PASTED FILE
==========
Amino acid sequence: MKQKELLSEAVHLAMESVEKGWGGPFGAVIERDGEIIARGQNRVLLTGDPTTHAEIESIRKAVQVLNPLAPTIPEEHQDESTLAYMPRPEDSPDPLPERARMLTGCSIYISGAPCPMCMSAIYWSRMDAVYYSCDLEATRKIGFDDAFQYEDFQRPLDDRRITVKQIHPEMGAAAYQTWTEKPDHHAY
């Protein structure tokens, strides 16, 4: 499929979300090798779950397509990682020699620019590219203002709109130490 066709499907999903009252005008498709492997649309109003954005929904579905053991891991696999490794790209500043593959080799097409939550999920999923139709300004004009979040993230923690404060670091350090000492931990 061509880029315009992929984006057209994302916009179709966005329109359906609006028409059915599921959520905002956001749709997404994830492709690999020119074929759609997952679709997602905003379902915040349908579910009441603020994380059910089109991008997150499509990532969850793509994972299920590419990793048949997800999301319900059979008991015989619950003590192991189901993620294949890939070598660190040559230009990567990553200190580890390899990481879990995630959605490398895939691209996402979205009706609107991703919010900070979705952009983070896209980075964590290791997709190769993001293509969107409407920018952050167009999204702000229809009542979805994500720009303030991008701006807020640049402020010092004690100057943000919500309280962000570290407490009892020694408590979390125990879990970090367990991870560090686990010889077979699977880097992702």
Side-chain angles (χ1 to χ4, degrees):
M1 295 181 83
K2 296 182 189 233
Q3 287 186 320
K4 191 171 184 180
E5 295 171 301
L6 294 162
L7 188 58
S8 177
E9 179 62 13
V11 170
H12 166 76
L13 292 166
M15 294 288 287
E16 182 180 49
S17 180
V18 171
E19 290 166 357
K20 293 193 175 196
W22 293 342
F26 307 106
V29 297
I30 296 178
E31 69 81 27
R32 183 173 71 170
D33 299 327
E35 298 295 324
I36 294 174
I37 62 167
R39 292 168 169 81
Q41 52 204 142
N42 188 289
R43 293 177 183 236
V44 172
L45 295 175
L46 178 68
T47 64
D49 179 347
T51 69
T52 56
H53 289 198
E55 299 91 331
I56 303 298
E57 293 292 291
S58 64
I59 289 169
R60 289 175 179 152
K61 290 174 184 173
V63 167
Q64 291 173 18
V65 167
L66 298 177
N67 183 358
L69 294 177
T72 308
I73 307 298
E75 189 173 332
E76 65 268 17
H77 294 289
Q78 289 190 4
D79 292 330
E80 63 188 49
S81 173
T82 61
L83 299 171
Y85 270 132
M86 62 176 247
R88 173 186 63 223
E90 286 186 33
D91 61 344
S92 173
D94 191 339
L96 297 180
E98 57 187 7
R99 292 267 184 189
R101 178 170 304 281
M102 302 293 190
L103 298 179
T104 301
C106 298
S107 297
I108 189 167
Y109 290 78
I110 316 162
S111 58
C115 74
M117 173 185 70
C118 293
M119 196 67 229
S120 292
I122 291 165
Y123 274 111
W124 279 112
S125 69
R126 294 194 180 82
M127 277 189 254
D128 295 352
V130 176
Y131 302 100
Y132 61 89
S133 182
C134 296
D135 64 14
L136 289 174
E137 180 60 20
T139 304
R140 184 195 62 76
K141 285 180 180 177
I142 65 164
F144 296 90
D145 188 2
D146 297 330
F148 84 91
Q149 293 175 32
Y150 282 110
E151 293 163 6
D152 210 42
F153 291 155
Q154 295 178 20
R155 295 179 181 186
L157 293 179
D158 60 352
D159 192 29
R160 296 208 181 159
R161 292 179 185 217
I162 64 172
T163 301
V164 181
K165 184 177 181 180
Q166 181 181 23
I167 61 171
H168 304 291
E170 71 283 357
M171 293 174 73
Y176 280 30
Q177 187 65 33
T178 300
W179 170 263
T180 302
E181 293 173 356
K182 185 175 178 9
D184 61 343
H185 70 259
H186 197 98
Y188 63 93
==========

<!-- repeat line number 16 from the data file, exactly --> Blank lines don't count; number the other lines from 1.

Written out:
M15 294 288 287